CH 8

Rotunda


Nebraska's Resources

Lesson 1 - Earth, Air, Fire and Water

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The floor mosaics in the Rotunda are all about creative energies. Mother Earth is right in the center of it.  "Earth as the Life-giver," they call this one. The lady on the throne is based on the Roman goddess Ceres, and she's a symbol of the productivity of earth and soil.  The person handing Ceres a bundle of wheat is Commerce, and the one with the urn of water is Industry.  The one on the steps is Opportunity, right beside a basket of fruit.  The sun is all around them.  That’s how important Mother Earth is to everything—just ask her!  

The large round central floor mosaic of the Earth Mother in the Rotunda floor has over 25,000 pieces of hand cut Italian and Belgian marble.

The floor mosaics in the Rotunda are all about creative energies. Mother Earth is right in the center of it. "Earth as the Life-giver," they call this one. The lady on the throne is based on the Roman goddess Ceres, and she's a symbol of the productivity of earth and soil. The person handing Ceres a bundle of wheat is Commerce, and the one with the urn of water is Industry. The one on the steps is Opportunity, right beside a basket of fruit. The sun is all around them. That’s how important Mother Earth is to everything—just ask her!

The large round central floor mosaic of the Earth Mother in the Rotundabuilding or hall topped with a dome floor has over 25,000 pieces of hand cut Italian and Belgian marble. (Reset image)

Spirits of Water, Fire, Air, and Earth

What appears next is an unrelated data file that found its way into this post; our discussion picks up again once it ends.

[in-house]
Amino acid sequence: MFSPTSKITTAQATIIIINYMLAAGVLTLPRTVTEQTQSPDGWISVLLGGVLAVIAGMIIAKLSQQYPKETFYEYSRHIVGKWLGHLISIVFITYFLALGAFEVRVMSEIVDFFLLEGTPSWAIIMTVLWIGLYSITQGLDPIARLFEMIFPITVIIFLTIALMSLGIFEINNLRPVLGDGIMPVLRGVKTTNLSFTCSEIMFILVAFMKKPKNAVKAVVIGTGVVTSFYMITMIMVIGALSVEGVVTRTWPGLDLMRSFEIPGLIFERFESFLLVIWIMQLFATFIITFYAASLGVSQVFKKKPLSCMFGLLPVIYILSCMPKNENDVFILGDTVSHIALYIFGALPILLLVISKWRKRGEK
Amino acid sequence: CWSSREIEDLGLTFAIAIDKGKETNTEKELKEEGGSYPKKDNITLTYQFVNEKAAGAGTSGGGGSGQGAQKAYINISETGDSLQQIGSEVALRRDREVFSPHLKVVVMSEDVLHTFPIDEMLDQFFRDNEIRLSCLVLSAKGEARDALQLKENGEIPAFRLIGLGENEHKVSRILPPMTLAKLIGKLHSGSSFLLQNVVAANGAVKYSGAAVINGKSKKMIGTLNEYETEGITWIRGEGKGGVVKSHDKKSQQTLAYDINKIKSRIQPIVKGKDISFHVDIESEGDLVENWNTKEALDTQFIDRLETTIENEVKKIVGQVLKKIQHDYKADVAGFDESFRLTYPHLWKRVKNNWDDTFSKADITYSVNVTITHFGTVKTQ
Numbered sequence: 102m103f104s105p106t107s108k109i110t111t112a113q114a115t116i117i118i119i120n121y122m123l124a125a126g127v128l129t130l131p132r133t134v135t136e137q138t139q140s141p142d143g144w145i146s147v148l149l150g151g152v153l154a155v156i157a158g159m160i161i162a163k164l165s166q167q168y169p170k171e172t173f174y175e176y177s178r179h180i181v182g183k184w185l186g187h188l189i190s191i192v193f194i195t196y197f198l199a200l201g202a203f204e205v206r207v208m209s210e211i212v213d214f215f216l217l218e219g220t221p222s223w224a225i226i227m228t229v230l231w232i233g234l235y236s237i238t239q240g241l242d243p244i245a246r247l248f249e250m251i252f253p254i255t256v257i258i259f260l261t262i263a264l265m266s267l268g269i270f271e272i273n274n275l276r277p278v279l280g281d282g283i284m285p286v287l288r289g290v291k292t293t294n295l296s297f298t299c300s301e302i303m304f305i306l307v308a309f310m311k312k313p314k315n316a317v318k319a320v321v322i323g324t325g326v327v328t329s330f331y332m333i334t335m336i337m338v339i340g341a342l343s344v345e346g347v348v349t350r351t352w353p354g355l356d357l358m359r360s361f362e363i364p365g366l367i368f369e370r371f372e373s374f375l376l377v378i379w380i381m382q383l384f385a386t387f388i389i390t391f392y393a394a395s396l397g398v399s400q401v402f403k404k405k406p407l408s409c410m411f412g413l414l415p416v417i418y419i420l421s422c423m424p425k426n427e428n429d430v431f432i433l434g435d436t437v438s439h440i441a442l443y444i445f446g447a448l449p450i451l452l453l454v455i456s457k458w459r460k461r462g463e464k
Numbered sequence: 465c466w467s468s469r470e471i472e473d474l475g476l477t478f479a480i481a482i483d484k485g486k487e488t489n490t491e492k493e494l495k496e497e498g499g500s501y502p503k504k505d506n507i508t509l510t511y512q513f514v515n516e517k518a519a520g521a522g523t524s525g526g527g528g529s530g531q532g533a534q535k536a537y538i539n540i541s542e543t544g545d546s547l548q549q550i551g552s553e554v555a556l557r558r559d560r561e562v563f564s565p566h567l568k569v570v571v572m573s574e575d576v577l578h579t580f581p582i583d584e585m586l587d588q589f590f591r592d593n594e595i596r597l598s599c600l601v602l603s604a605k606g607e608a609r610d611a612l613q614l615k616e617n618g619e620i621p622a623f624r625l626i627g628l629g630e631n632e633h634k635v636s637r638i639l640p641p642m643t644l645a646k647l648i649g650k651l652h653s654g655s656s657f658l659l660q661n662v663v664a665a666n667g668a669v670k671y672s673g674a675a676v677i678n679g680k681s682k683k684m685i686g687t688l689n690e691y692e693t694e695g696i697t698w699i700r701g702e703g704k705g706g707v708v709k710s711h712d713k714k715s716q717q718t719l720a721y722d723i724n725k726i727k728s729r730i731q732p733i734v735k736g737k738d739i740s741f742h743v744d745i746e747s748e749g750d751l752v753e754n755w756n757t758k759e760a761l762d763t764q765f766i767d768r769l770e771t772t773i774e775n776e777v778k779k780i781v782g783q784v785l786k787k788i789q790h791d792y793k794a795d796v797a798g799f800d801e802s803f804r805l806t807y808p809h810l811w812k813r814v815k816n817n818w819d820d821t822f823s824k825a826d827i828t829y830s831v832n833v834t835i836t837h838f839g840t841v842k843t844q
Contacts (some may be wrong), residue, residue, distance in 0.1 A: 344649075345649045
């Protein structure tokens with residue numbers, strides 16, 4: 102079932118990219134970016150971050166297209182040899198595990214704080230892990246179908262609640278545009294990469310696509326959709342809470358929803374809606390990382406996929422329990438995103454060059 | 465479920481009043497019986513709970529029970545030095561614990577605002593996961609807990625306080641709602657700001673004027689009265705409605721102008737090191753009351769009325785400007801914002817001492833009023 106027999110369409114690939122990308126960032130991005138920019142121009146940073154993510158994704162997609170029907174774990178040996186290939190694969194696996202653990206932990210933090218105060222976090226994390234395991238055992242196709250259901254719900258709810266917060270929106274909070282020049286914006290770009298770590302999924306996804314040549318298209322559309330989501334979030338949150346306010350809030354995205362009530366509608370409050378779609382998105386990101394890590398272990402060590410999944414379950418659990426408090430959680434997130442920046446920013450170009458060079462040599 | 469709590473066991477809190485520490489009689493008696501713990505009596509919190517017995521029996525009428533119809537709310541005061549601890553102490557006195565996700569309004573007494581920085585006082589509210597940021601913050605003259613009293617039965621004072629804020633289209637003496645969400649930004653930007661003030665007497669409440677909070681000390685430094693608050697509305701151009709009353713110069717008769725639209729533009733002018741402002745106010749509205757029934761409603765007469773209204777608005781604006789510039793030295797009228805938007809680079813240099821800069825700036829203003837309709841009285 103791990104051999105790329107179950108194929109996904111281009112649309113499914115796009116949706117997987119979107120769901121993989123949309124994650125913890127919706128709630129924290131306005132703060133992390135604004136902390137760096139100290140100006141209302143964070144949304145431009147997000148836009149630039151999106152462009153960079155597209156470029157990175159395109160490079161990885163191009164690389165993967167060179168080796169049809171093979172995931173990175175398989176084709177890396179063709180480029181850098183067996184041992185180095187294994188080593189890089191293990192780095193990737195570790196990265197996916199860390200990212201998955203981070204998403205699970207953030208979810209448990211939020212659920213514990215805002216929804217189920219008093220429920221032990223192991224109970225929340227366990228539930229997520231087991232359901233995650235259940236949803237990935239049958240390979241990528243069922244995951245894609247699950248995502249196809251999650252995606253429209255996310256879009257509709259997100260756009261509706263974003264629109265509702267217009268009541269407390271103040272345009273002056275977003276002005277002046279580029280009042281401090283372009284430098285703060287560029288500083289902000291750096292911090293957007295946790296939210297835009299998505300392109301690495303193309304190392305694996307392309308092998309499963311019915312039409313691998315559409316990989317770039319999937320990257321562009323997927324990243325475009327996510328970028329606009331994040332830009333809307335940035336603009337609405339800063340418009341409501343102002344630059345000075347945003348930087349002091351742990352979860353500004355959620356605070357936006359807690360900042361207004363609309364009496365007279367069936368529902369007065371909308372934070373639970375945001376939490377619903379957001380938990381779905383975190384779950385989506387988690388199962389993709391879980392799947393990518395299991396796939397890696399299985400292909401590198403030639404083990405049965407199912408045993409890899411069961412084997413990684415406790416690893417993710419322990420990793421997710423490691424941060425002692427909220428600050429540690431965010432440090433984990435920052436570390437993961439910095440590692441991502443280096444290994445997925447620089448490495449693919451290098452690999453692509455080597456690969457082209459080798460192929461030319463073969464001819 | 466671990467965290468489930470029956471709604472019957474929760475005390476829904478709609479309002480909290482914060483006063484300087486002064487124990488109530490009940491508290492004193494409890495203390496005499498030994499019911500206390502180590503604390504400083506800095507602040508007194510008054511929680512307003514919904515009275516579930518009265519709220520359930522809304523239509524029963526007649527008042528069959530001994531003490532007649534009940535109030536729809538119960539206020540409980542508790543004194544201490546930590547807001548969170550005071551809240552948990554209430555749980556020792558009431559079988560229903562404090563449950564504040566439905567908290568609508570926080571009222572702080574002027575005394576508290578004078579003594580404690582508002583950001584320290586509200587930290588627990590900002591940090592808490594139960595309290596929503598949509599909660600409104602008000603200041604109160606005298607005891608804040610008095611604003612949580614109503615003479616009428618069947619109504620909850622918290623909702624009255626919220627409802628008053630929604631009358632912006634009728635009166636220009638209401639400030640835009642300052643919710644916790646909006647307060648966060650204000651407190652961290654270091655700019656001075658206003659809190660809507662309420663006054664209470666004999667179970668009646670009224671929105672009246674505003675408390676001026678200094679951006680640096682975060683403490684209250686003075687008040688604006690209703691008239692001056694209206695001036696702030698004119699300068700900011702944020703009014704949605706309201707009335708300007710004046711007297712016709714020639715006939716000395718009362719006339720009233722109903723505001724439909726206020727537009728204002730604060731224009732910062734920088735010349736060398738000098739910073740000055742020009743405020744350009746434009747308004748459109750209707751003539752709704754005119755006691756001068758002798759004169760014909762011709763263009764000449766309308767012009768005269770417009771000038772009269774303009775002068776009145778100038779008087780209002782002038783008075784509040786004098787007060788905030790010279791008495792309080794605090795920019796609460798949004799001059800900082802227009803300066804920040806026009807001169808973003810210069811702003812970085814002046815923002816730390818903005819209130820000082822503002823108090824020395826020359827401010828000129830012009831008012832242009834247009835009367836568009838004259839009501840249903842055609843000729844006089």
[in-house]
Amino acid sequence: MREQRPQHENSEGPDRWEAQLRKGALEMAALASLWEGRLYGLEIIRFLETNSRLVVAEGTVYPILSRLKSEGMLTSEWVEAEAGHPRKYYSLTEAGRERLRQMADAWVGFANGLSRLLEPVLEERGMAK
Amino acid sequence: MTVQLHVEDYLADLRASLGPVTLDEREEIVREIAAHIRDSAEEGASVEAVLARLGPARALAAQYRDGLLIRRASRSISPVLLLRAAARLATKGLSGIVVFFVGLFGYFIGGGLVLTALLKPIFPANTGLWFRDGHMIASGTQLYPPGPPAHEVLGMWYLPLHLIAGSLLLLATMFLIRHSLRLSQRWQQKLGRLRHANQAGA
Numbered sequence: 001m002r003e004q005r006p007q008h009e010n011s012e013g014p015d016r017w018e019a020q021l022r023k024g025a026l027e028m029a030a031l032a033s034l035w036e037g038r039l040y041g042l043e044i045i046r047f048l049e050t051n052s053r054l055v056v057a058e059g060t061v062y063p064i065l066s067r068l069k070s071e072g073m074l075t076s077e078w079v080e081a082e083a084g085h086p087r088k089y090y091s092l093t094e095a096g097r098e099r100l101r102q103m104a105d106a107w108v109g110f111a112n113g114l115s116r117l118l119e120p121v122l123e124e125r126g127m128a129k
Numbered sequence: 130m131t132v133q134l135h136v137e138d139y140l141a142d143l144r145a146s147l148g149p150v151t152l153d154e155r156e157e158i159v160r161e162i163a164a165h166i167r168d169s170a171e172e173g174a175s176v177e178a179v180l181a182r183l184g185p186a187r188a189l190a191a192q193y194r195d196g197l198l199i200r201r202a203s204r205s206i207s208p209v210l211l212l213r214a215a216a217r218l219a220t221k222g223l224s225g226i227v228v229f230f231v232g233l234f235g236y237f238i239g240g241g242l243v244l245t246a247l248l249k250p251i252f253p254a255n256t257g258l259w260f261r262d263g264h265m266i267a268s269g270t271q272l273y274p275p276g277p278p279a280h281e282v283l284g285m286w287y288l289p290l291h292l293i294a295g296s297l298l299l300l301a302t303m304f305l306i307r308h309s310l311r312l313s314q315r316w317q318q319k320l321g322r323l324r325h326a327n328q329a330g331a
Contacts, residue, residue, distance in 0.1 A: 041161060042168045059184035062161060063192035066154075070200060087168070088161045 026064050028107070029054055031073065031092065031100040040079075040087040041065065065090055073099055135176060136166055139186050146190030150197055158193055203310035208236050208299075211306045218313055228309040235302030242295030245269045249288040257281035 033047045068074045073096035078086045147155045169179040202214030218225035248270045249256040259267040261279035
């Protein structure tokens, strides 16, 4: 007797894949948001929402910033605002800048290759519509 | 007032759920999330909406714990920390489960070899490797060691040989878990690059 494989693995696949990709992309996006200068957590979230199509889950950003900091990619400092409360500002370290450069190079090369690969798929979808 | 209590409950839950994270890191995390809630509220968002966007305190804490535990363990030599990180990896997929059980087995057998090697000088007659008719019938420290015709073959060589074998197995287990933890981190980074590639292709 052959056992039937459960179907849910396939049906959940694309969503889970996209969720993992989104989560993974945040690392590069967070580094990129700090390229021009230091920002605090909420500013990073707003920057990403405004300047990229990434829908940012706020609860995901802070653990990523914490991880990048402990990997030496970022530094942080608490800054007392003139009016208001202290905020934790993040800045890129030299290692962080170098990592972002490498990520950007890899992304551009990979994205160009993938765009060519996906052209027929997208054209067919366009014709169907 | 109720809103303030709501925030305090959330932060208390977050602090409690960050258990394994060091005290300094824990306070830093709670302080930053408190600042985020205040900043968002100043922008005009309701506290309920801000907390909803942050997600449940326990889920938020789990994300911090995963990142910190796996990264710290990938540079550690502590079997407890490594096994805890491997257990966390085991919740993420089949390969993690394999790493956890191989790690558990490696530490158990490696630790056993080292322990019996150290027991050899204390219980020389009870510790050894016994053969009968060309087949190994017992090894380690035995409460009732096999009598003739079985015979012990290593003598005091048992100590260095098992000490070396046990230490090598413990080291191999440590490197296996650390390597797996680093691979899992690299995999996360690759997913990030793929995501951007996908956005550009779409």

Rotunda Floor Mosaics - Water,Fire,Air & Earth 0801_0201

Looking beyond the sun, you see four other mosaics.  These four depict spirits of Water, Fire, Air, and Earth, which were once called the four elements.  Weaving around each of these central images you see the ancient life forms that are associated with each element.  Reptiles can be found near Fire.  Fish are found with Water, birds are with Air, and mammals are with Earth.  Hildreth Meiere, the artist who designed these mosaics, used sketches drawn by a paleontologist along with a great deal of her own creative energy to come up with designs that bring together imaginary spirits and real creatures.

Hartley Burr Alexander, who chose the symbolic themes for the Capitol, wanted the RotundaBuilding or hall topped with a dome. floor to represent Ancient Earth, the foundation of life in Nebraska. 

The creatures you see around Earth, Air, Fire, and Water are from geologic history, and include some found in Nebraska:

Natural Resources in the mosaics of the Rotunda 0801_0212

photo of E.H. Barbour 0801_0216
Courtesy of University of Nebraska State Museum

The mosaics were designed from drawings by Prof. E. H. Barbour from the paleontology department of the University of Nebraska. 

Barbour helped collect fossils and build University of Nebraska-Lincoln's famous science museum, Morrill Hall.

Barbour Designs 0801_0217
Courtesty of the office of the Capitol Commission

Earth, air, fire, and water have been pretty creative forces here in Nebraska.

Earth has made Nebraska what it is today. Glaciers left behind a material called till that combined with wind blown dust called loess to make Nebraska earth good for farming in the east. Nebraska's other forms of earth have been shaped by air and made useful by water for farming as well as grazing. But there are mineral resources, too. People mine sand and gravel along the Platte River and the Republican River, and they work limestone quarries near the Missouri River. You also find sandstone, clay, and shale. There's even a little bit of uranium in northwest Nebraska. (Reset image)

photo of cattle in sandhills 0801_0401
Courtesy of Nebraska State Historical Society

Air-- in the form of wind-- erodedTo erode is to wear away. sandstone and blew it into Nebraska to create a unique landscape known as Nebraska's Sandhills. Wind shaped the sand into hills and ridges, and grasses grew over it and held the dunesA dune is a hill of loose sand. in place.  And those grasslands became a great place to raise cattle.